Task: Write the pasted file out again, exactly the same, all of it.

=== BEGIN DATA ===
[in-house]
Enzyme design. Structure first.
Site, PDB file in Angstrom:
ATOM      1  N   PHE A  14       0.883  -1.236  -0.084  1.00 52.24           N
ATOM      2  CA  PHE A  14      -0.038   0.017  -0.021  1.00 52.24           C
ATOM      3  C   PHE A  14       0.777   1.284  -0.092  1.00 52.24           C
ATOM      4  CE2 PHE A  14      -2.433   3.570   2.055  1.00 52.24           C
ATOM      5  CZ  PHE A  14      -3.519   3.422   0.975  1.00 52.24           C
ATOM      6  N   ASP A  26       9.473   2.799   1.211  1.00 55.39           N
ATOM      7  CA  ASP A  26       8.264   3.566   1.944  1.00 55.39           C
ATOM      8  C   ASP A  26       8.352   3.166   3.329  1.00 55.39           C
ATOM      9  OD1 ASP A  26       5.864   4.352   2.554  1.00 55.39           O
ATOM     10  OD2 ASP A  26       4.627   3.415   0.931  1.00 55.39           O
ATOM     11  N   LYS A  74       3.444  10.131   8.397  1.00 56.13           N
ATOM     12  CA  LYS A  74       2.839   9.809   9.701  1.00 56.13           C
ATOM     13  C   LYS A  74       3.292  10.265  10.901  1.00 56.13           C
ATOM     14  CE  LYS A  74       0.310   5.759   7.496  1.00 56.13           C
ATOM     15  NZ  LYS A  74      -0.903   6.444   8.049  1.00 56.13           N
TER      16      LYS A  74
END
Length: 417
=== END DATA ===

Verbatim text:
[in-house]
Enzyme design. Structure first.
Site, PDB file in Angstrom:
ATOM      1  N   PHE A  14       0.883  -1.236  -0.084  1.00 52.24           N
ATOM      2  CA  PHE A  14      -0.038   0.017  -0.021  1.00 52.24           C
ATOM      3  C   PHE A  14       0.777   1.284  -0.092  1.00 52.24           C
ATOM      4  CE2 PHE A  14      -2.433   3.570   2.055  1.00 52.24           C
ATOM      5  CZ  PHE A  14      -3.519   3.422   0.975  1.00 52.24           C
ATOM      6  N   ASP A  26       9.473   2.799   1.211  1.00 55.39           N
ATOM      7  CA  ASP A  26       8.264   3.566   1.944  1.00 55.39           C
ATOM      8  C   ASP A  26       8.352   3.166   3.329  1.00 55.39           C
ATOM      9  OD1 ASP A  26       5.864   4.352   2.554  1.00 55.39           O
ATOM     10  OD2 ASP A  26       4.627   3.415   0.931  1.00 55.39           O
ATOM     11  N   LYS A  74       3.444  10.131   8.397  1.00 56.13           N
ATOM     12  CA  LYS A  74       2.839   9.809   9.701  1.00 56.13           C
ATOM     13  C   LYS A  74       3.292  10.265  10.901  1.00 56.13           C
ATOM     14  CE  LYS A  74       0.310   5.759   7.496  1.00 56.13           C
ATOM     15  NZ  LYS A  74      -0.903   6.444   8.049  1.00 56.13           N
TER      16      LYS A  74
END
Length: 417